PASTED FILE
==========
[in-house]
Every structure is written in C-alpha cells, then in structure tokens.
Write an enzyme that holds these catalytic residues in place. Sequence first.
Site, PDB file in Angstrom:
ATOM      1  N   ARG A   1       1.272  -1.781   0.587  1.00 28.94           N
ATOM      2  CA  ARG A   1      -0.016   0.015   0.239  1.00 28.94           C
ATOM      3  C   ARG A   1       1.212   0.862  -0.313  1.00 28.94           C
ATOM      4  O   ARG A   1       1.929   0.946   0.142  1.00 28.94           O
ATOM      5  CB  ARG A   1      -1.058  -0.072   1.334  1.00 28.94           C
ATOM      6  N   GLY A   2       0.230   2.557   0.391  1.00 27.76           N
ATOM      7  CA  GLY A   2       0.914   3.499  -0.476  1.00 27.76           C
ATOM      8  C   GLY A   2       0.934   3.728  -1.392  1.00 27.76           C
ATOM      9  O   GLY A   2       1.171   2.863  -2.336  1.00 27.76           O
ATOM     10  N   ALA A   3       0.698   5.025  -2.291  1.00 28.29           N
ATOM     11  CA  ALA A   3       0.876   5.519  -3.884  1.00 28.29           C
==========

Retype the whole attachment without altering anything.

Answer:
[in-house]
Every structure is written in C-alpha cells, then in structure tokens.
Write an enzyme that holds these catalytic residues in place. Sequence first.
Site, PDB file in Angstrom:
ATOM      1  N   ARG A   1       1.272  -1.781   0.587  1.00 28.94           N
ATOM      2  CA  ARG A   1      -0.016   0.015   0.239  1.00 28.94           C
ATOM      3  C   ARG A   1       1.212   0.862  -0.313  1.00 28.94           C
ATOM      4  O   ARG A   1       1.929   0.946   0.142  1.00 28.94           O
ATOM      5  CB  ARG A   1      -1.058  -0.072   1.334  1.00 28.94           C
ATOM      6  N   GLY A   2       0.230   2.557   0.391  1.00 27.76           N
ATOM      7  CA  GLY A   2       0.914   3.499  -0.476  1.00 27.76           C
ATOM      8  C   GLY A   2       0.934   3.728  -1.392  1.00 27.76           C
ATOM      9  O   GLY A   2       1.171   2.863  -2.336  1.00 27.76           O
ATOM     10  N   ALA A   3       0.698   5.025  -2.291  1.00 28.29           N
ATOM     11  CA  ALA A   3       0.876   5.519  -3.884  1.00 28.29           C